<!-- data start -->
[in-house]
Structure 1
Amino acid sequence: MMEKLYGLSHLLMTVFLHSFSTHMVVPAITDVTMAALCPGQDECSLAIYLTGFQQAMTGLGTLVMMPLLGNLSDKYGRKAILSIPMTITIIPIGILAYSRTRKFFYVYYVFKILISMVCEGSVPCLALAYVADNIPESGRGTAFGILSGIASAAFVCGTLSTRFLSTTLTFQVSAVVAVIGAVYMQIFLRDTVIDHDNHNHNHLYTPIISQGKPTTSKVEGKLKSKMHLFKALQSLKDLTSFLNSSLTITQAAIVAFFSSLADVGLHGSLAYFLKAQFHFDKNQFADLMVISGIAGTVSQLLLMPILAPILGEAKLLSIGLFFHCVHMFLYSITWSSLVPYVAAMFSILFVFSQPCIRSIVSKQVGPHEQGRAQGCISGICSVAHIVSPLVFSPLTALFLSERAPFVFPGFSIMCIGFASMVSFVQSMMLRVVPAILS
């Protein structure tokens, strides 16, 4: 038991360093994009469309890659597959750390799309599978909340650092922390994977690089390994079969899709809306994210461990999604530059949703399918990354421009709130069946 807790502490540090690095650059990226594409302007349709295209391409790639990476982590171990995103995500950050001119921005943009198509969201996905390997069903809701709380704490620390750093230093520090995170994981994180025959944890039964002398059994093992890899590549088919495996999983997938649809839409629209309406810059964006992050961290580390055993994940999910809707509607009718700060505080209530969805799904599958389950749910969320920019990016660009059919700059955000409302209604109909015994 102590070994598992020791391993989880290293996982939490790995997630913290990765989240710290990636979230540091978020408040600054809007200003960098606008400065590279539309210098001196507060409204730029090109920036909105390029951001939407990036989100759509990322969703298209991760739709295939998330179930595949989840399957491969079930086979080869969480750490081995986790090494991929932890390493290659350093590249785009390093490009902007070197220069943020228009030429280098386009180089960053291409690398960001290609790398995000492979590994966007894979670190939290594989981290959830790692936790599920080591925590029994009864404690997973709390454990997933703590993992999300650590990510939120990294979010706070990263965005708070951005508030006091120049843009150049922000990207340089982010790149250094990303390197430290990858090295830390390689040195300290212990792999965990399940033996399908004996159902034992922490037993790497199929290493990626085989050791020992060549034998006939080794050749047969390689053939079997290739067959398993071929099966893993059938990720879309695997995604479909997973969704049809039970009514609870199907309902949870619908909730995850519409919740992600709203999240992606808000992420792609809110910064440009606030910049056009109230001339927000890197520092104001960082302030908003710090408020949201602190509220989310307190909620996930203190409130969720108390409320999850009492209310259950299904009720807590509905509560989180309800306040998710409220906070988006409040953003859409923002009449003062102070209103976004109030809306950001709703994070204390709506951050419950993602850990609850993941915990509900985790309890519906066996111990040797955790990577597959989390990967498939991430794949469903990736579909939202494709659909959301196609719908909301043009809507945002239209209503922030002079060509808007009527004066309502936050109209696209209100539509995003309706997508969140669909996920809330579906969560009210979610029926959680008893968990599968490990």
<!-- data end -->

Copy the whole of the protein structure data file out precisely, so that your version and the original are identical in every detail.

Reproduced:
[in-house]
Structure 1
Amino acid sequence: MMEKLYGLSHLLMTVFLHSFSTHMVVPAITDVTMAALCPGQDECSLAIYLTGFQQAMTGLGTLVMMPLLGNLSDKYGRKAILSIPMTITIIPIGILAYSRTRKFFYVYYVFKILISMVCEGSVPCLALAYVADNIPESGRGTAFGILSGIASAAFVCGTLSTRFLSTTLTFQVSAVVAVIGAVYMQIFLRDTVIDHDNHNHNHLYTPIISQGKPTTSKVEGKLKSKMHLFKALQSLKDLTSFLNSSLTITQAAIVAFFSSLADVGLHGSLAYFLKAQFHFDKNQFADLMVISGIAGTVSQLLLMPILAPILGEAKLLSIGLFFHCVHMFLYSITWSSLVPYVAAMFSILFVFSQPCIRSIVSKQVGPHEQGRAQGCISGICSVAHIVSPLVFSPLTALFLSERAPFVFPGFSIMCIGFASMVSFVQSMMLRVVPAILS
């Protein structure tokens, strides 16, 4: 038991360093994009469309890659597959750390799309599978909340650092922390994977690089390994079969899709809306994210461990999604530059949703399918990354421009709130069946 807790502490540090690095650059990226594409302007349709295209391409790639990476982590171990995103995500950050001119921005943009198509969201996905390997069903809701709380704490620390750093230093520090995170994981994180025959944890039964002398059994093992890899590549088919495996999983997938649809839409629209309406810059964006992050961290580390055993994940999910809707509607009718700060505080209530969805799904599958389950749910969320920019990016660009059919700059955000409302209604109909015994 102590070994598992020791391993989880290293996982939490790995997630913290990765989240710290990636979230540091978020408040600054809007200003960098606008400065590279539309210098001196507060409204730029090109920036909105390029951001939407990036989100759509990322969703298209991760739709295939998330179930595949989840399957491969079930086979080869969480750490081995986790090494991929932890390493290659350093590249785009390093490009902007070197220069943020228009030429280098386009180089960053291409690398960001290609790398995000492979590994966007894979670190939290594989981290959830790692936790599920080591925590029994009864404690997973709390454990997933703590993992999300650590990510939120990294979010706070990263965005708070951005508030006091120049843009150049922000990207340089982010790149250094990303390197430290990858090295830390390689040195300290212990792999965990399940033996399908004996159902034992922490037993790497199929290493990626085989050791020992060549034998006939080794050749047969390689053939079997290739067959398993071929099966893993059938990720879309695997995604479909997973969704049809039970009514609870199907309902949870619908909730995850519409919740992600709203999240992606808000992420792609809110910064440009606030910049056009109230001339927000890197520092104001960082302030908003710090408020949201602190509220989310307190909620996930203190409130969720108390409320999850009492209310259950299904009720807590509905509560989180309800306040998710409220906070988006409040953003859409923002009449003062102070209103976004109030809306950001709703994070204390709506951050419950993602850990609850993941915990509900985790309890519906066996111990040797955790990577597959989390990967498939991430794949469903990736579909939202494709659909959301196609719908909301043009809507945002239209209503922030002079060509808007009527004066309502936050109209696209209100539509995003309706997508969140669909996920809330579906969560009210979610029926959680008893968990599968490990």